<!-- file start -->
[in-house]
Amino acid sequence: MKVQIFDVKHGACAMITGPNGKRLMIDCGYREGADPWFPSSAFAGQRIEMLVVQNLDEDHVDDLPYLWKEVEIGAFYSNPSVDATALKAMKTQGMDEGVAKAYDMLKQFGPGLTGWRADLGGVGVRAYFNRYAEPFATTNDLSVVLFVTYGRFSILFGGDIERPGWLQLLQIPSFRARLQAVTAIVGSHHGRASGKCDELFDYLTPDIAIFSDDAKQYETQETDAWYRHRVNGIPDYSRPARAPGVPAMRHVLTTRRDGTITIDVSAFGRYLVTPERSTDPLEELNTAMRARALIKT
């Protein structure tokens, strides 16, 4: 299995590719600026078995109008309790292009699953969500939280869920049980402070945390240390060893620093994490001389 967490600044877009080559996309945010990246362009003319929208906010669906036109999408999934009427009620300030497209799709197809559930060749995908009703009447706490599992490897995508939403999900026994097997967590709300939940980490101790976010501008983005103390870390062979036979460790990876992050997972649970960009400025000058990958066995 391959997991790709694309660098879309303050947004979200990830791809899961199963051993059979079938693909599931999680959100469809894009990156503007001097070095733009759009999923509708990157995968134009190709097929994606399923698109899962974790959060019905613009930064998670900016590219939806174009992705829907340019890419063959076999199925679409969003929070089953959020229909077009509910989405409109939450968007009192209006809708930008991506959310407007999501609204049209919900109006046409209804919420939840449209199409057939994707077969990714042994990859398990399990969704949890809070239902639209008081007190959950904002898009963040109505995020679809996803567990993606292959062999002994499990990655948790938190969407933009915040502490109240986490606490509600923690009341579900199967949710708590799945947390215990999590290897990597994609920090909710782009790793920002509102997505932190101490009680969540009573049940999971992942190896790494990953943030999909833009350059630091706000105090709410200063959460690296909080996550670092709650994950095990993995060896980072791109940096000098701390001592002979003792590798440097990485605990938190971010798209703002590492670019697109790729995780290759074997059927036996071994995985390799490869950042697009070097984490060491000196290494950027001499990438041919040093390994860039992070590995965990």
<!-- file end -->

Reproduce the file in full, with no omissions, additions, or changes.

[in-house]
Amino acid sequence: MKVQIFDVKHGACAMITGPNGKRLMIDCGYREGADPWFPSSAFAGQRIEMLVVQNLDEDHVDDLPYLWKEVEIGAFYSNPSVDATALKAMKTQGMDEGVAKAYDMLKQFGPGLTGWRADLGGVGVRAYFNRYAEPFATTNDLSVVLFVTYGRFSILFGGDIERPGWLQLLQIPSFRARLQAVTAIVGSHHGRASGKCDELFDYLTPDIAIFSDDAKQYETQETDAWYRHRVNGIPDYSRPARAPGVPAMRHVLTTRRDGTITIDVSAFGRYLVTPERSTDPLEELNTAMRARALIKT
């Protein structure tokens, strides 16, 4: 299995590719600026078995109008309790292009699953969500939280869920049980402070945390240390060893620093994490001389 967490600044877009080559996309945010990246362009003319929208906010669906036109999408999934009427009620300030497209799709197809559930060749995908009703009447706490599992490897995508939403999900026994097997967590709300939940980490101790976010501008983005103390870390062979036979460790990876992050997972649970960009400025000058990958066995 391959997991790709694309660098879309303050947004979200990830791809899961199963051993059979079938693909599931999680959100469809894009990156503007001097070095733009759009999923509708990157995968134009190709097929994606399923698109899962974790959060019905613009930064998670900016590219939806174009992705829907340019890419063959076999199925679409969003929070089953959020229909077009509910989405409109939450968007009192209006809708930008991506959310407007999501609204049209919900109006046409209804919420939840449209199409057939994707077969990714042994990859398990399990969704949890809070239902639209008081007190959950904002898009963040109505995020679809996803567990993606292959062999002994499990990655948790938190969407933009915040502490109240986490606490509600923690009341579900199967949710708590799945947390215990999590290897990597994609920090909710782009790793920002509102997505932190101490009680969540009573049940999971992942190896790494990953943030999909833009350059630091706000105090709410200063959460690296909080996550670092709650994950095990993995060896980072791109940096000098701390001592002979003792590798440097990485605990938190971010798209703002590492670019697109790729995780290759074997059927036996071994995985390799490869950042697009070097984490060491000196290494950027001499990438041919040093390994860039992070590995965990």